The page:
Ever since the Augustan Age, Roman writers, following of course, the Greek tradition, like to name the lynx as a beast of Dionysus. This animal had been native to Greece from a very early time and is still found there today. The panther or leopard, and the lynx (the tiger, too, is added in the references out of Roman literature) have that very thing in common which justifies comparing them in more than one respect with the nature and actions of the maenads. This makes itself felt the most in the panther, which was, after all, the most loyal attendant of the god. Of all the cats devoted to Dionysus, it was not only the most graceful and fascinating but also the most savage and bloodthirsty. The lightning-fast agility and perfect elegance of its movements, whose purpose is murder, exhibit the same union of beauty and fatal danger found in the mad women who accompany Dionysus. Their savagery, too, fascinates those who watch them, and yet it is the eruption of the dreadful impulse to pounce on the prey, tear it into pieces, and devour its flesh raw. We are told that the leopard and the lynx are the most murderous of all the larger beasts of prey. Many more victims must bleed to death under their teeth than would be needed for their sustenance. And when one hears that a female leopard which is suckling her young is the bloodthirstiest of all the carnivores, one cannot help thinking of the maenads who were also nursing mothers.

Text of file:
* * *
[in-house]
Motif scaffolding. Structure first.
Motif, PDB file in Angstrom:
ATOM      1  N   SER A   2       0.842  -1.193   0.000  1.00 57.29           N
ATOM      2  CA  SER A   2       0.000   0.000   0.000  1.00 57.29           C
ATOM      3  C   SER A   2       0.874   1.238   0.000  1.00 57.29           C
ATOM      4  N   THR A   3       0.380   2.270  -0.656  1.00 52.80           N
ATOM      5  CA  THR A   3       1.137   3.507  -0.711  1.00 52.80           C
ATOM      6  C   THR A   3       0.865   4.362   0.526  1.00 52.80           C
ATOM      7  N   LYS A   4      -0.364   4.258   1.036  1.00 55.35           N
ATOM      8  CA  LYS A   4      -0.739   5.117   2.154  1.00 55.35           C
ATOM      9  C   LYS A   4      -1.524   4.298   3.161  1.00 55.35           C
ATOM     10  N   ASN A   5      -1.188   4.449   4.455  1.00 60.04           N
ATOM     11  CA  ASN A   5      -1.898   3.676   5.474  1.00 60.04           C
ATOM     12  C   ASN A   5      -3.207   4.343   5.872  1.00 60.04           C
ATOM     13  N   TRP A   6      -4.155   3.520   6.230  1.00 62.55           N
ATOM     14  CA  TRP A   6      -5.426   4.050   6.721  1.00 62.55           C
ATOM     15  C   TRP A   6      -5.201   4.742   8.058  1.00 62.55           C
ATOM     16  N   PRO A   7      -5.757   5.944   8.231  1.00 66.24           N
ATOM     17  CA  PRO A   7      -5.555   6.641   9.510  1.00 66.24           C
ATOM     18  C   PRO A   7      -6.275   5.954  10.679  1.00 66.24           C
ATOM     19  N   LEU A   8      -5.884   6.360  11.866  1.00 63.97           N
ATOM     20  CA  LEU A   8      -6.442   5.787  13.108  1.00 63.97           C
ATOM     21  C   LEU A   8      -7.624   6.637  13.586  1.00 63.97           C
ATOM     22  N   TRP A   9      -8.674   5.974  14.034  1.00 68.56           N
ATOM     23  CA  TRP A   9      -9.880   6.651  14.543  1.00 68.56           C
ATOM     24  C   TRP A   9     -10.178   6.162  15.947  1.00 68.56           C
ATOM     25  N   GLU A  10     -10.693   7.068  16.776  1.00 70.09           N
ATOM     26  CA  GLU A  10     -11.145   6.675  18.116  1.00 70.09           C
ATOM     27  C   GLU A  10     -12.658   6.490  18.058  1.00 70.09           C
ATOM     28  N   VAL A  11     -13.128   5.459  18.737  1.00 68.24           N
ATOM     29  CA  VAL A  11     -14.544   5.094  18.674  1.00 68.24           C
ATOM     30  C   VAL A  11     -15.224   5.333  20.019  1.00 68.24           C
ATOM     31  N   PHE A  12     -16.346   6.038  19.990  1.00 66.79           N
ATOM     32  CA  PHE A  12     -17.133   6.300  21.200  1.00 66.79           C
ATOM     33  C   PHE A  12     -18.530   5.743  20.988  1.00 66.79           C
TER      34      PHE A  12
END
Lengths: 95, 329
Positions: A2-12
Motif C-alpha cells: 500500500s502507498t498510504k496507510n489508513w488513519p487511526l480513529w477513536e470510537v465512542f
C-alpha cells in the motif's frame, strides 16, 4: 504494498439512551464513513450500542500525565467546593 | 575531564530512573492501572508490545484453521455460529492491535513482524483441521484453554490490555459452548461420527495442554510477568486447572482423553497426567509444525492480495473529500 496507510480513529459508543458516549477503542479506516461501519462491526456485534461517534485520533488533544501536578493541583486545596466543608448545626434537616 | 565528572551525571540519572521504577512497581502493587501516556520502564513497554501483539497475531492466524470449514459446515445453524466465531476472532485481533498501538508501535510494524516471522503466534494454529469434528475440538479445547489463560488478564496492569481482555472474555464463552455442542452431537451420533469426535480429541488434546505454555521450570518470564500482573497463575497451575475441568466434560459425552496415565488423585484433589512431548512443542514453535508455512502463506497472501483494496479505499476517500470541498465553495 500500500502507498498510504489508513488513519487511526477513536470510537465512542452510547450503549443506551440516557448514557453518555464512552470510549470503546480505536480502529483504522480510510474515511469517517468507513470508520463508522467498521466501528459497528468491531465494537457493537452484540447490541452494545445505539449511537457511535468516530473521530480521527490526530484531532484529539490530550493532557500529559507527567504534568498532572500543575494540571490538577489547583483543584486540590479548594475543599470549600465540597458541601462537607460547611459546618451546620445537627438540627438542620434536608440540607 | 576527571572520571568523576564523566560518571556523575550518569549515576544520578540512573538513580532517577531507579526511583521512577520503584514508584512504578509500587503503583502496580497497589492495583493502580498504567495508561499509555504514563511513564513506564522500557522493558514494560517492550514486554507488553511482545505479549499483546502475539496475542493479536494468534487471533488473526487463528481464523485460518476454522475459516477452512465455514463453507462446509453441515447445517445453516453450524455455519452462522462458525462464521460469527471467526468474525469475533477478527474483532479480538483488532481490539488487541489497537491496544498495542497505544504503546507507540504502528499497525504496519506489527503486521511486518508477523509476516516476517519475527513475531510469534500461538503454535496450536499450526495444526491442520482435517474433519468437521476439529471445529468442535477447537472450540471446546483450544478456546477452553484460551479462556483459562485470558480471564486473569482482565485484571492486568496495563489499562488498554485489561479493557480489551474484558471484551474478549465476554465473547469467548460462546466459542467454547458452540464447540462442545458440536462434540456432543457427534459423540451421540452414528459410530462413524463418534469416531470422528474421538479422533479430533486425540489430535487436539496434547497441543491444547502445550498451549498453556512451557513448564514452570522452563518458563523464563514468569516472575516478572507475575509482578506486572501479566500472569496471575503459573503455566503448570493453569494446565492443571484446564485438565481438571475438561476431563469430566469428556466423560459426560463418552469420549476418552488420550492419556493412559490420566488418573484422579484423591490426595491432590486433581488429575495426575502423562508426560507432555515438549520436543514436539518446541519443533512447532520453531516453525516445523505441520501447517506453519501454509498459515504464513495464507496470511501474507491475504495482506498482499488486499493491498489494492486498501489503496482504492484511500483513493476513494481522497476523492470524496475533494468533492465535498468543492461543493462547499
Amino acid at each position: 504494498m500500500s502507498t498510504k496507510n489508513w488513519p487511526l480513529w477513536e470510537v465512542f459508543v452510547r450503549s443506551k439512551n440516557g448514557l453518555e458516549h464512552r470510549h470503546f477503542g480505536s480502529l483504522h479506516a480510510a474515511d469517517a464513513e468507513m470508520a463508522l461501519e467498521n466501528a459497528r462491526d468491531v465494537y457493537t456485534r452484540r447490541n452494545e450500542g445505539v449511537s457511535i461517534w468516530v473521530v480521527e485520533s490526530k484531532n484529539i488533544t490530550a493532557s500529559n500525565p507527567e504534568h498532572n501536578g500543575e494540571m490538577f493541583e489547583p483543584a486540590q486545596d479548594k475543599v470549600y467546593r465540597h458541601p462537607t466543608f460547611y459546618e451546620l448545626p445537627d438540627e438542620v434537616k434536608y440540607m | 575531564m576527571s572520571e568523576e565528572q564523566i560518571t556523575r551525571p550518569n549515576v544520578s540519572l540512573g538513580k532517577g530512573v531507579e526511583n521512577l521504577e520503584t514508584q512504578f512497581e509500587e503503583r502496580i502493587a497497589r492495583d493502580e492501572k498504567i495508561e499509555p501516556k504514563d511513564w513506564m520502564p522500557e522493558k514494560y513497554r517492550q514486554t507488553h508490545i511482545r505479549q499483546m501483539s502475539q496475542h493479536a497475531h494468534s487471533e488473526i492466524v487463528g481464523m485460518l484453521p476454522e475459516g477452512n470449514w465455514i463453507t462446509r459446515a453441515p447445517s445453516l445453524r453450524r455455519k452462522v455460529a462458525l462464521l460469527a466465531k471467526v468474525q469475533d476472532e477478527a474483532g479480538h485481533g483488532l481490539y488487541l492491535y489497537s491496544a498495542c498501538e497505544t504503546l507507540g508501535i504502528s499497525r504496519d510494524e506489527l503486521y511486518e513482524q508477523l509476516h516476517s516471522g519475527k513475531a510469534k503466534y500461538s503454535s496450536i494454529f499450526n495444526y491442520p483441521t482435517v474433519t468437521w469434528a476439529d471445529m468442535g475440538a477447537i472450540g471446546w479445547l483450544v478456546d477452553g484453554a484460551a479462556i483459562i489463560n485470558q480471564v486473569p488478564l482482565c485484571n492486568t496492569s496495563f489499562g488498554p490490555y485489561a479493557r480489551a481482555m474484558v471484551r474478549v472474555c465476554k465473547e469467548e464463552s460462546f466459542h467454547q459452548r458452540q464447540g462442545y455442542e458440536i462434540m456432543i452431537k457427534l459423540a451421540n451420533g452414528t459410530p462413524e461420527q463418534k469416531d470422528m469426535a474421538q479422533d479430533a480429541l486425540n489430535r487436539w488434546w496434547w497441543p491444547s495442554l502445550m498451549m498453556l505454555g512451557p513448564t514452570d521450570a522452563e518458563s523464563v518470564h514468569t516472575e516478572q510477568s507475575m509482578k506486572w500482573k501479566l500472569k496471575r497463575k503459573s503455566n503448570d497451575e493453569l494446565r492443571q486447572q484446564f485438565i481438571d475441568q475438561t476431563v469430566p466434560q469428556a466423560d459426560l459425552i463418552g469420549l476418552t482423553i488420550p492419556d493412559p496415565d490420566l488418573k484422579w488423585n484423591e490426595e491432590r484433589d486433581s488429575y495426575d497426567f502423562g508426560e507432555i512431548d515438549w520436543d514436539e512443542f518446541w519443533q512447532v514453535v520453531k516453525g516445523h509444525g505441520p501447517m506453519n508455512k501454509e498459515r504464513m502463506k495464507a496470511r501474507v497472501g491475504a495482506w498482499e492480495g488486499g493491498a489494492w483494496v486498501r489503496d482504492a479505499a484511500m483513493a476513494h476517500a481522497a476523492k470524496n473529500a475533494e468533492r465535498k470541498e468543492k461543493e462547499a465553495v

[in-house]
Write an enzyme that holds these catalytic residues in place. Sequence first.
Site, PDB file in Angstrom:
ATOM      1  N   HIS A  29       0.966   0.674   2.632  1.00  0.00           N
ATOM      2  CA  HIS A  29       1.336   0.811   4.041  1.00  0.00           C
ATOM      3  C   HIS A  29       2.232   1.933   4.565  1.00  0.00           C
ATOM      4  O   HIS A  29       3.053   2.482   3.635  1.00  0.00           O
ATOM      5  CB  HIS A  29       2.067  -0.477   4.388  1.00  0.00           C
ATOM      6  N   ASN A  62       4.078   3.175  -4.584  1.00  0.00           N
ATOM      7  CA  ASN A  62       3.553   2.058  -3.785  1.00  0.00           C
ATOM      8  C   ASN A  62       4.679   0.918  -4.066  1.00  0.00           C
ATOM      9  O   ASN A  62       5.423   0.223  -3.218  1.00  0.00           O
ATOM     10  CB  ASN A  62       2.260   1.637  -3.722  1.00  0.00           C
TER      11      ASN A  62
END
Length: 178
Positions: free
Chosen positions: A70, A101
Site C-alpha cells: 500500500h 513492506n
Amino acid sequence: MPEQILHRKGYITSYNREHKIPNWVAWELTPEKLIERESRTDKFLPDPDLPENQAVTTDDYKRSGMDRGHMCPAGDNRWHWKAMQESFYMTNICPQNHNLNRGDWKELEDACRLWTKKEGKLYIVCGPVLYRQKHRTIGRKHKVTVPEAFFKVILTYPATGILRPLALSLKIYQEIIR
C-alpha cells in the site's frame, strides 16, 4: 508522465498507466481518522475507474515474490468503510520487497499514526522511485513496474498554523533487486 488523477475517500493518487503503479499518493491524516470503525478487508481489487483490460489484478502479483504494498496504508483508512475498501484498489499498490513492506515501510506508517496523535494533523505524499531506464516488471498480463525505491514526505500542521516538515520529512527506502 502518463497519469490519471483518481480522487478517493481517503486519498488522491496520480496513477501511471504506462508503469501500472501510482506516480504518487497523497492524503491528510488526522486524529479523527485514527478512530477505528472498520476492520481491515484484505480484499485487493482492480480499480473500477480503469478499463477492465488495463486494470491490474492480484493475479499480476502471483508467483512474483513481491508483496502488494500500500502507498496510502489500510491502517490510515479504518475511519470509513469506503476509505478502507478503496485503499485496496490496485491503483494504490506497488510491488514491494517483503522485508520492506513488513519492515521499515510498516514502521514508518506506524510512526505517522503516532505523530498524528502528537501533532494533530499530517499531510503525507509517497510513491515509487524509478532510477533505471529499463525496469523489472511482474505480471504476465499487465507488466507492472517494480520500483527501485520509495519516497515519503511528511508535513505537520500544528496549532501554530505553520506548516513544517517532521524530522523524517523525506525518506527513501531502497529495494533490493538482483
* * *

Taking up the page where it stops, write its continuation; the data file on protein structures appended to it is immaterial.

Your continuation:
It is true that the world of the other gods are not without paradox. But none of these worlds is as disrupted by it as is the world of Dionysus. He, the nurturer and the god of rapture; he, the good who is forever praised as giver of wine which removes all sorrow and care, he the deliverer and healer (…), “the delight of the mortals” (…), “the god of many joys” (…), the “benefactor” (…), — this god who is the most delightful of all the gods is at the same time the most frightful. No single Greek god even approaches Dionysus in the horror of his epithets, which bear witness to a savagery which is absolutely without mercy. In fact, one must evoke the memory of the monstrous horror of eternal darkness to find anything at all comparable. He is called the “render of men” (…), “the eater of raw flesh” (…), “who delights in the sword and bloodshed.”...”*
(p. 111 – 113.)
- Walter F. Otto, Dionysus: Myth and Cult. (Chapter 9: “The Somber Madness.”)

* Some of the titles in Greek just got too goddamn tiresome to try and make sure I copied correctly. And I probably didn't do the initial ones correctly, either. But, you know what? I like that chapter, a lot.